British Holiday Traditions

We spent the past few days in the town of Henley, a beautiful old rowing town along the Thames river. We arrived on Christmas Eve and departed on December 27th, so we got to experience all the British Christmas traditions, and we wanted to share them with you!

Christmas Crackers

When Joe first heard the term “Christmas Crackers” he assumed it was some sort of special crunchy, biscuit-like thing. On the contrary, it is something else entirely. A Christmas Cracker is a cylindrical present filled with bits and bobs, wrapped like a piece of toffee. Two people pull from either side, and when it breaks open there is a loud “crack” made by a snapping device – hence the name.

Every Christmas cracker has three things in it: a small gift, a joke and/or riddle, and a party hat. There were Christmas crackers on our table on Christmas Eve, Christmas Day and Boxing day. Some of the gifts we got were short pencils, mini notebooks, make-up brushes, a calculator, a tiny deck of cards, and a metal puzzle. The party hats turned out to be crowns made out of tissue paper, which many people proudly donned during their Christmas dinner. We got a kick out of seeing well-dressed British folks in a nice restaurant wearing tissue paper crowns. And, of course, we joined in the fun!

Here’s one of the jokes we got…

Q: What do you get if you cross Santa with a duck?

A: A Christmas Quacker!

The Queen’s Speech

On Christmas Day at 3:00pm, the Queen gives a speech that is televised to the whole country. This year, the Queen was not feeling well, so she prerecorded her speech, which was introduced by the army band outside Buckingham Palace. It’s a short and uplifting message (about 10 minutes)
given by the figurehead of the country. She talked about some people and organizations that were very inspirational in the past year, and encouraged everyone to inspire others by taking small actions and helping those around them. At the risk of being treasonous, I have to say that the Queen isn’t the most engaging  orator, but for the age of 90, she’s doing remarkably well.

Christmas Pudding

One of the most traditionally British things to eat is Christmas pudding. It’s the dessert served at Christmas dinner, which is sort of like a fruit cake, only with more fruit and less cake. We’ve heard that it is supposed to be doused in a brandy sauce and lit on fire. But at our hotel, it was served with a sweet cream sauce that was poured over the top.

Christmas Lunch

Christmas dinner (or lunch) is always served in the early afternoon. The most traditional Christmas meal in England is turkey, including stuffing, cranberries, and more, much like a Thanksgiving dinner in the US. Most of our family ordered turkey, although I ordered steak, and they like to cover all their meat in a brown sauce. With my meal, I also got a Yorkshire pudding, which is like a puff pastry that can be filled with a sweet or savory filling.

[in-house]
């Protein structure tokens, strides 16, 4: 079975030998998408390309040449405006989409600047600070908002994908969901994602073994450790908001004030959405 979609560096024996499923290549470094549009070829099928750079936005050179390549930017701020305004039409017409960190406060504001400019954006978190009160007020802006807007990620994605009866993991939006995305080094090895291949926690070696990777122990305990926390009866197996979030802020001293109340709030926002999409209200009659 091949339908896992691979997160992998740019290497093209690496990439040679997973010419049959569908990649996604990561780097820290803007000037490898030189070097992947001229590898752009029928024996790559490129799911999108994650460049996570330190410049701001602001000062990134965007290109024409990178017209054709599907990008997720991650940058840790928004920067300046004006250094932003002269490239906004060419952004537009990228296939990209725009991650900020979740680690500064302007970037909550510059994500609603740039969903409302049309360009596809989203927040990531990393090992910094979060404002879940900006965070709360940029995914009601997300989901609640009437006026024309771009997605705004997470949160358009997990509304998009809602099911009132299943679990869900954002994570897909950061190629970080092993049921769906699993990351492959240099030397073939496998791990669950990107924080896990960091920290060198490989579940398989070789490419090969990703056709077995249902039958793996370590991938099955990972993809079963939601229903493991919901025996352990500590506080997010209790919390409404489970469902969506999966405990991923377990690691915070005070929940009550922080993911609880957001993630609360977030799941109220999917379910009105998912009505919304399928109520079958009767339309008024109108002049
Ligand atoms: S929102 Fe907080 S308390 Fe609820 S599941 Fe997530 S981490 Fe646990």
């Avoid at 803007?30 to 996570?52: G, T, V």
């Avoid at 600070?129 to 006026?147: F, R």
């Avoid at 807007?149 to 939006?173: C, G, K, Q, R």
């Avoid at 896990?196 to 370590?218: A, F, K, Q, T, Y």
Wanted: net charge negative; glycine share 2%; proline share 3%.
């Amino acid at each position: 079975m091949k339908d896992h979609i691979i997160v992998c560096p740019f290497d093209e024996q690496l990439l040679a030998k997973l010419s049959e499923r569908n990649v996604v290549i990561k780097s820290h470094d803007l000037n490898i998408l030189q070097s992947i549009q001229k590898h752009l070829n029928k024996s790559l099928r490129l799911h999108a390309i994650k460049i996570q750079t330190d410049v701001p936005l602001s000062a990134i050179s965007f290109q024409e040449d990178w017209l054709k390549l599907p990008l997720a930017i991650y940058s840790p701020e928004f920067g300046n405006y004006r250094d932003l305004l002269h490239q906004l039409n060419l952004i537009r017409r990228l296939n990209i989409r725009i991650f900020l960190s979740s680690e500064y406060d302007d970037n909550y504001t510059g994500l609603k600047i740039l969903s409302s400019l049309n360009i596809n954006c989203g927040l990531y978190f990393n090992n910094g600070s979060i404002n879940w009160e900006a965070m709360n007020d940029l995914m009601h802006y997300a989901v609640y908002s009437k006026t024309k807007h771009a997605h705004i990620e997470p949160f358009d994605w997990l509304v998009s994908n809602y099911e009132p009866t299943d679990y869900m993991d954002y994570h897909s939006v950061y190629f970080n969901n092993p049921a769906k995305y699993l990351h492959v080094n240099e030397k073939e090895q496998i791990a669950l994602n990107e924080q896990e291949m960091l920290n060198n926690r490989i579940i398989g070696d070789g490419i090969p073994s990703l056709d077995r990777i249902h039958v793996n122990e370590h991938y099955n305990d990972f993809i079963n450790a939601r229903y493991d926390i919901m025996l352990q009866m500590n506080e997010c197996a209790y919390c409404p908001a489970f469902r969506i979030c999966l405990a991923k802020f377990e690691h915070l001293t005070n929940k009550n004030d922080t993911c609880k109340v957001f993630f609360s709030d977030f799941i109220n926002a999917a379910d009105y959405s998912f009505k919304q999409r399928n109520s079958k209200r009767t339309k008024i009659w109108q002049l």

Boxing Day

Boxing Day is the day after Christmas. Traditionally, it was a day off for servants and the day when they received a  ‘Christmas Box’ from the master. The servants would also go home on Boxing Day to give ‘Christmas Boxes’ to their families, giving the holiday its interesting name. There are a few traditions associated with Boxing Day. The first is shopping. It is common for larger retailers to have huge sales on Boxing Day. Many, though not all, shops and restaurants are open to cater to folks who are out and about.

Another Boxing Day tradition is the family walk. Families go for long walks together, presumably to walk off their Christmas turkey and pudding. We were even told by one Brit that this is the day when people will even greet each other during walks (apparently a cultural faux pas the rest of the year). The standard practice of averting your eyes when passing someone is eschewed in favor of a glance and a polite “’Allo!” When Britain lets its hair down, it really lets its hair down.

Finally, Boxing day is a traditional time for a festive drink like a Buck’s Fizz (orange juice and champagne) or a Bloody Mary (named for Queen Mary the first, according to our tour guide at the Tower of London).

Here are a few more pictures from our English Christmas…

One Reply to “British Holiday Traditions”

  1. Dear All,Happy to see you having a;; the experiences the Brits can bestow!! I am sure it is a fascinating learning experience. Enjoy it all and know that we miss you. Love Mom

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